- David v. Goliath: Please forgive me for my use of the most overused sports analogy out there, but it’s an accurate description none the less. Nine-time European champions versus competition new boys*. Or maybe UConn versus Butler would work better for you? Regardless, I’m pretty sure either’s a good fit. Can Tottenham continue on their Cinderella run? Can Real shed their recent run of under achievement in Europe?
- It’s my two favorite teams!!!!!!!!!!! I don’t think I’ve mentioned this yet.
- Familiar foes: Tottenham will likely be facing up against some familiar faces in these ties, and that does not bode well for them. Spurs never fared very well against Mourinho during his time at Chelsea, with a damning record of 5 losses, 2 ties and a solitary victory when facing the Special One (a -6 goal differential isn’t glittering either). Also likely to be in frame to start the first leg is on loan striker Emmanuel Adebayor. The former Arsenal striker is sure to be showered with boos and whistles at White Hart Lane, in no small part due to his fine strike rate against his former North London foes with 8 goals in 9 games.
- The varying pressure of performance: Going into the first leg, Spurs still seem like wide-eyed 18 year-olds making their first trip to a strip club: elated just to be there, let alone landing a free lap dance or two. The pressure on Harry Redknapp is minimal at best, as his main focus is securing 4th in the league so they can try to get into the big dance again next year. Madrid on the other hand, are like the high-rolling regulars at the strip club: expecting to be given first dibs at the finest dancers. If Jose can’t deliver this round, it’s very likely that he’ll be (stupidly) dispatched of at the completion of the season.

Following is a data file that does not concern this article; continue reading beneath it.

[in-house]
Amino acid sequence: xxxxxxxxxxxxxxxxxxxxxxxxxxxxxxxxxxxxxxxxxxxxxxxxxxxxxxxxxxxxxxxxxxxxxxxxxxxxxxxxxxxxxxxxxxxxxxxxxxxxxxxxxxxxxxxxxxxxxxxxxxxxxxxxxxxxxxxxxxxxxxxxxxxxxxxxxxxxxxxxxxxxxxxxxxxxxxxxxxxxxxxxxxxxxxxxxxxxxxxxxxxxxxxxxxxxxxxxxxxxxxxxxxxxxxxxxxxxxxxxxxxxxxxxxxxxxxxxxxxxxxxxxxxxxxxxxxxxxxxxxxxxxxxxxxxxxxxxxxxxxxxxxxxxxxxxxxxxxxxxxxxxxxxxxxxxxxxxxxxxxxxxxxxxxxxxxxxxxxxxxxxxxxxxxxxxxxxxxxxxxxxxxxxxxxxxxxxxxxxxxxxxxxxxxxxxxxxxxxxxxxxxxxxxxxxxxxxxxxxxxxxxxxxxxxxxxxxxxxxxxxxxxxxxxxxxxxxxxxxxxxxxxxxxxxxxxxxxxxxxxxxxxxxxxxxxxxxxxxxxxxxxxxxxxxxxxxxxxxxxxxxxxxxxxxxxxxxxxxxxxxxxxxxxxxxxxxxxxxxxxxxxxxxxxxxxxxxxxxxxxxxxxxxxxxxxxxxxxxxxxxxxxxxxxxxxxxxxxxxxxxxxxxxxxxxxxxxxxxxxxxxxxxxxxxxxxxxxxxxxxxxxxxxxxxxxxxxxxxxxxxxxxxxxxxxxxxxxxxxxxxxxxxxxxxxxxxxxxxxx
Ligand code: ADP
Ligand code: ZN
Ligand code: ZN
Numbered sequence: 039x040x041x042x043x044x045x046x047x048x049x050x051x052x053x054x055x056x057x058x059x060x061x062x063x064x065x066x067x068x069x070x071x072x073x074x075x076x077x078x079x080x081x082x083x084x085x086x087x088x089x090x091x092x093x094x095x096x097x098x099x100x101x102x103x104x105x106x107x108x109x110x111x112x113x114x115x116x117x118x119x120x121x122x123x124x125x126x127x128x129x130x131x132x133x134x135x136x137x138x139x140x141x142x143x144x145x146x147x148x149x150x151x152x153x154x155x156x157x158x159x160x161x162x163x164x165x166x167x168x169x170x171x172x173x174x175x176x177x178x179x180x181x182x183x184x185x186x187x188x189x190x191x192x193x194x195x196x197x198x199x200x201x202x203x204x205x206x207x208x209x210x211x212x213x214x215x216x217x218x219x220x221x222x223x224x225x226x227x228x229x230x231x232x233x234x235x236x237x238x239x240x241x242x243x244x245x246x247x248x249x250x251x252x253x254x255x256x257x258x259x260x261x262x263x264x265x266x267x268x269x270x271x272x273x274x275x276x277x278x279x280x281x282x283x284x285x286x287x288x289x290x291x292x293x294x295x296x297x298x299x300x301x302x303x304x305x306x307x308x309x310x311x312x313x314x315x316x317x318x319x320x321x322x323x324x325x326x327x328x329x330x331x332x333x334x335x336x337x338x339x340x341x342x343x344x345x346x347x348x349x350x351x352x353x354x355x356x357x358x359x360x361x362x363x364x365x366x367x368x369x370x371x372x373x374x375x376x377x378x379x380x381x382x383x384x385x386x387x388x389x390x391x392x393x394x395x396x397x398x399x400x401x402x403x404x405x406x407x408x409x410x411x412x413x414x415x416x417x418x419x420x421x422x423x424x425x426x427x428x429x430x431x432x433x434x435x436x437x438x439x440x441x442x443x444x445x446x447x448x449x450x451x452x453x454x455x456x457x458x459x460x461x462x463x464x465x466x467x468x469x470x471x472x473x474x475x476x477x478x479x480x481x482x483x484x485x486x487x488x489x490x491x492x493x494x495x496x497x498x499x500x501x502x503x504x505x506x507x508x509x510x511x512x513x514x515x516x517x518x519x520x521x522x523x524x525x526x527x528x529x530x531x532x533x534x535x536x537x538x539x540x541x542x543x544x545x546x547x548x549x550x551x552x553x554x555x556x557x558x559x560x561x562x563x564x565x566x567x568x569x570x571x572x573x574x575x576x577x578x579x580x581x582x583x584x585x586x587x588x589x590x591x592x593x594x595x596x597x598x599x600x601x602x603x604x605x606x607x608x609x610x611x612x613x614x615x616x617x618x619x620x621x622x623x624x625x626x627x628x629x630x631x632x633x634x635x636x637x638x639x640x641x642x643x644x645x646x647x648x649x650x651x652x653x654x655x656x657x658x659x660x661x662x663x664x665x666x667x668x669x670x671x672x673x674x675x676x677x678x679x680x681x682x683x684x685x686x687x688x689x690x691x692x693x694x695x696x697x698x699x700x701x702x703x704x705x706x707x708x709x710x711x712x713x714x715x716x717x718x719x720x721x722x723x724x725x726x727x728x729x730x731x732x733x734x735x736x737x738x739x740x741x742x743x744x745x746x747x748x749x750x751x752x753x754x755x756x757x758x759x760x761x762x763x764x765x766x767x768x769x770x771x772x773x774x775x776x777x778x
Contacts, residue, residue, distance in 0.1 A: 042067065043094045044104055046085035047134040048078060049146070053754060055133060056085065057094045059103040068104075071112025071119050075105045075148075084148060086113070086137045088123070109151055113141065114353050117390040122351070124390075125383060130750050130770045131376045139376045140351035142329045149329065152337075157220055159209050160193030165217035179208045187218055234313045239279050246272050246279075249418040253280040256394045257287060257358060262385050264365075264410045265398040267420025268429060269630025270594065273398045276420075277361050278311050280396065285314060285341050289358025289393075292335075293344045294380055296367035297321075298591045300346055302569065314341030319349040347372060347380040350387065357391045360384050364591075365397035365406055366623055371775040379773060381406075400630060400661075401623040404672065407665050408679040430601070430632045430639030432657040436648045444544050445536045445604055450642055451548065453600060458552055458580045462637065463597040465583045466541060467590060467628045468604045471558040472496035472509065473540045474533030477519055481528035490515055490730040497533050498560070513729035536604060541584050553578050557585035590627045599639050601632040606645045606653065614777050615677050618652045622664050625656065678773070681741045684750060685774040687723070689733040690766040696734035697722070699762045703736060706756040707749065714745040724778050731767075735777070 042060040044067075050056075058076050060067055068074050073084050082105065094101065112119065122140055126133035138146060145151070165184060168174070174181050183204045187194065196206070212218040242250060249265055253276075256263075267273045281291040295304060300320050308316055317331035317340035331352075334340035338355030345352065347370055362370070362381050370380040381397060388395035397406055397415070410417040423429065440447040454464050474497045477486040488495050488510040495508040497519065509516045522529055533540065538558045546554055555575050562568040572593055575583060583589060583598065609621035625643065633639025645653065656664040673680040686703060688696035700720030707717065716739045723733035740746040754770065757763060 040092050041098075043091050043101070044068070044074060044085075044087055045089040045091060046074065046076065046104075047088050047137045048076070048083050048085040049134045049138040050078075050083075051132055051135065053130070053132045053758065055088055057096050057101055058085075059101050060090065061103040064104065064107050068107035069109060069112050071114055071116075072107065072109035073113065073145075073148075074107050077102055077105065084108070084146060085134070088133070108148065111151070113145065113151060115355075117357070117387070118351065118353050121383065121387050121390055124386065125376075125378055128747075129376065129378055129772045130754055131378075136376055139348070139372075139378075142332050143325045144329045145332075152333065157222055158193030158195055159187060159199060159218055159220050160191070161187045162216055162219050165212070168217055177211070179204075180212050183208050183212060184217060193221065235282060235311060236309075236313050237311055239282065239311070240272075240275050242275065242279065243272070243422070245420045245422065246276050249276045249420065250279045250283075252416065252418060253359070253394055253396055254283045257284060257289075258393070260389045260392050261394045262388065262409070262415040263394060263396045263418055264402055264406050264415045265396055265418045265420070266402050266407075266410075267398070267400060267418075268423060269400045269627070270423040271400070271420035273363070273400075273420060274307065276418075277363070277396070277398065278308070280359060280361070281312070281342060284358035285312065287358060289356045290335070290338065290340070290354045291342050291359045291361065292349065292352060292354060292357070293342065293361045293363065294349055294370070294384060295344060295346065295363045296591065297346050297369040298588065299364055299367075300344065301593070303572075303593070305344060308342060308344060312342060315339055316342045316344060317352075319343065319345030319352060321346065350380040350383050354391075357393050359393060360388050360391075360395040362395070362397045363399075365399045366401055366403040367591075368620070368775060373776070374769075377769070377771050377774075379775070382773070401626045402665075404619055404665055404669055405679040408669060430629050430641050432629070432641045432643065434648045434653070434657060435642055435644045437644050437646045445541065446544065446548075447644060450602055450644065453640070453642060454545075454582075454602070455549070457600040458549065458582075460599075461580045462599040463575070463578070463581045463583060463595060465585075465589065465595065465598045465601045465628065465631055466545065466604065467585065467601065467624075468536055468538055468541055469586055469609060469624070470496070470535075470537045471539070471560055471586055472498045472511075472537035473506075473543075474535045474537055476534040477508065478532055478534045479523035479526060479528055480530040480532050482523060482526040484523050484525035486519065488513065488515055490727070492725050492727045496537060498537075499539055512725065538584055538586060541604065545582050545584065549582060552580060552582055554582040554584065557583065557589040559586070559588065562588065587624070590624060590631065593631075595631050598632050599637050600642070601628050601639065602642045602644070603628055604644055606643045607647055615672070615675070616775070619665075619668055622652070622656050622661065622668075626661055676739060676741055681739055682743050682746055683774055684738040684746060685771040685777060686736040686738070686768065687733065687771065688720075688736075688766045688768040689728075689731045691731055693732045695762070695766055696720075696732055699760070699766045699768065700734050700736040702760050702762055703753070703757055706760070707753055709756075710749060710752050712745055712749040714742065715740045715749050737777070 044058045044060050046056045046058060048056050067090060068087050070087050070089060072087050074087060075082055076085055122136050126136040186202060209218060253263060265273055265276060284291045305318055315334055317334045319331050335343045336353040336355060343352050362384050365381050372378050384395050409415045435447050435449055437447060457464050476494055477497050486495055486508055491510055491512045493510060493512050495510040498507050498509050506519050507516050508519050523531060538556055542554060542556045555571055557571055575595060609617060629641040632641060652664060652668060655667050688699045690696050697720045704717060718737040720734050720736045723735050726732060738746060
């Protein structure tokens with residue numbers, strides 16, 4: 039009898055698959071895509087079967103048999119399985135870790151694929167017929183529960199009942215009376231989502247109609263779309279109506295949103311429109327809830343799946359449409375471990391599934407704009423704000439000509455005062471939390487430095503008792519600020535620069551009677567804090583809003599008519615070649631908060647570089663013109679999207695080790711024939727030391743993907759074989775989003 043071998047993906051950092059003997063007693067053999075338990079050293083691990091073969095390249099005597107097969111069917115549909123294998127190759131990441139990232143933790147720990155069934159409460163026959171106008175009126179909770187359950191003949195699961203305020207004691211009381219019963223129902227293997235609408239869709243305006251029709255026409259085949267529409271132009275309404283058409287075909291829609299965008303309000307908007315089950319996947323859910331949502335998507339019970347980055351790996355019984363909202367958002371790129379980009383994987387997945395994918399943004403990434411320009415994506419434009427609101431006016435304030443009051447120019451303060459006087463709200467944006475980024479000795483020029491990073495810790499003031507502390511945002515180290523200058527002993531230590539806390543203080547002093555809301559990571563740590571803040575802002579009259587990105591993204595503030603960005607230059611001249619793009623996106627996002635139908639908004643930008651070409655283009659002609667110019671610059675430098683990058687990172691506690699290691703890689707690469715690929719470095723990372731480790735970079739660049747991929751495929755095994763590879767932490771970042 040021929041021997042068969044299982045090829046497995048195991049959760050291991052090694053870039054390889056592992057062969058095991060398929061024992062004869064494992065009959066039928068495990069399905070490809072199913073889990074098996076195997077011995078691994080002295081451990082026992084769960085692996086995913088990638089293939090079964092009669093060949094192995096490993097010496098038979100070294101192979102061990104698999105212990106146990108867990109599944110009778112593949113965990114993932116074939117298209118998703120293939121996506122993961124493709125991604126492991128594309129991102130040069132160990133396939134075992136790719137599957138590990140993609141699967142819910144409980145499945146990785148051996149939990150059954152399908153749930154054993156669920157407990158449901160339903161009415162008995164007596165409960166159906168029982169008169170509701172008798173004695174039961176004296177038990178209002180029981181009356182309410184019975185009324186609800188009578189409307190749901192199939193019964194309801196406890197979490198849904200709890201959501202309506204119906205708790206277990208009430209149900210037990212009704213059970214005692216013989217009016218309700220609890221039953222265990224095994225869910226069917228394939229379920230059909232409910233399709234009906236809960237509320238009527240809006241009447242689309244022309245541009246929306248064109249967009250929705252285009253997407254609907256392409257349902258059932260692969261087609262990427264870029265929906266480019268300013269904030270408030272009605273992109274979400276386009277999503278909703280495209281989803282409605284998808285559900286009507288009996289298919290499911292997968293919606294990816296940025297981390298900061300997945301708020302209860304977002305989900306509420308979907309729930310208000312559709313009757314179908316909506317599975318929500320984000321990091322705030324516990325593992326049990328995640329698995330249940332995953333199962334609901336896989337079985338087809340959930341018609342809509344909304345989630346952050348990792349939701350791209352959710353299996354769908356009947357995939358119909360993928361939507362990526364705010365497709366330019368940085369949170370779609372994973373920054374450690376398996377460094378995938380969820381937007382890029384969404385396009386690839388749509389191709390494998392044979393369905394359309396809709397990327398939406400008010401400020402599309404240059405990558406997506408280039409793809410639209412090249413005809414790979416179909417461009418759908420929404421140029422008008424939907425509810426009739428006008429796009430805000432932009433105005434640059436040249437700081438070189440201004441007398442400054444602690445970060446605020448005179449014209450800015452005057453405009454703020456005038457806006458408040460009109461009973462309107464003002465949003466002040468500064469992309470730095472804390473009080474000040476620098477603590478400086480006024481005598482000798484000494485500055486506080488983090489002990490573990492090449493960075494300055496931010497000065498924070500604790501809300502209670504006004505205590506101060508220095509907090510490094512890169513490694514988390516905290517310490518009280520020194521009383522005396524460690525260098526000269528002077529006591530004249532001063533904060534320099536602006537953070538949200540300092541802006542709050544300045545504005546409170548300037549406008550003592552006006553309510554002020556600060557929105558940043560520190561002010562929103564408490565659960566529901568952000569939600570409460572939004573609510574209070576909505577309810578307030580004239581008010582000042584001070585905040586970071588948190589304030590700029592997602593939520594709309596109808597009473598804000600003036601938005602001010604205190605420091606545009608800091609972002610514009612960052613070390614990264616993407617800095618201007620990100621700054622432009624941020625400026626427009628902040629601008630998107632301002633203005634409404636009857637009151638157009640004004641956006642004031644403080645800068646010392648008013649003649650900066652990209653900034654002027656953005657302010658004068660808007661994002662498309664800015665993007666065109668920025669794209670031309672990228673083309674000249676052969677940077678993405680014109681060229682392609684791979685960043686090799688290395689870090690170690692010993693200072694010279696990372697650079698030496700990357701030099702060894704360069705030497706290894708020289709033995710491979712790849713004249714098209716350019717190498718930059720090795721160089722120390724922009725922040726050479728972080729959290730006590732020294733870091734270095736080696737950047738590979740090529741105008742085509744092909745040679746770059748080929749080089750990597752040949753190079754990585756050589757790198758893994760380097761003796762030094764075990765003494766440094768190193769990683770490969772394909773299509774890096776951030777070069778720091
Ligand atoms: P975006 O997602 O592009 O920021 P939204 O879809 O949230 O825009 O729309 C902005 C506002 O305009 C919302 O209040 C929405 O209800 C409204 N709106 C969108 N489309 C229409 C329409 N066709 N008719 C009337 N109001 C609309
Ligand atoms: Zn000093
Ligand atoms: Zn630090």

- A “real” el Clásico awaits: I’m as optimistic as any Tottenham fan can be, but let’s be honest about this match: Spurs are not favorites in this one by a long stretch. And a mind-blowing match up could be awaiting real if they and Barcelona both progress as they should. As much as this shouldn’t be a focus before this round of ties is even settled, it will be a topic of discussion.
So aside from all of the excellent plot lines to follow, you might also be wondering what team I’m deciding throw my full support behind.
Without a doubt, it’s Spurs.
Being able to watch them on tv nearly every weekend for the last few years has helped to make Spurs the favorite team in my book. That’s not to mention how difficult it can be to support a team that is more or less the European equivalent of the Yankees.
If Tottenham somehow find a way to prevail over two legs, fantastic. Let the party continue and yids the world over can begin to dream of complete European glory. If they lose, no worries. We enjoyed the ride and can now fully focus on the league (which might even be the best result all around).
And if Madrid knock Spurs out, I can’t really feel too upset if they are felled by a team that cost over $690 million to construct. Then i can go on the rest of the tournament rooting for los merengues and I’ll be fine and content until they lose to Barcelona.
It’s a win-win for me really.
And regardless of how it turns out, I’m still taking a vacation day for the second leg to soak in my very own, personal Clásico that I never thought would ever happen. And I’ll probably never see it happen again, either.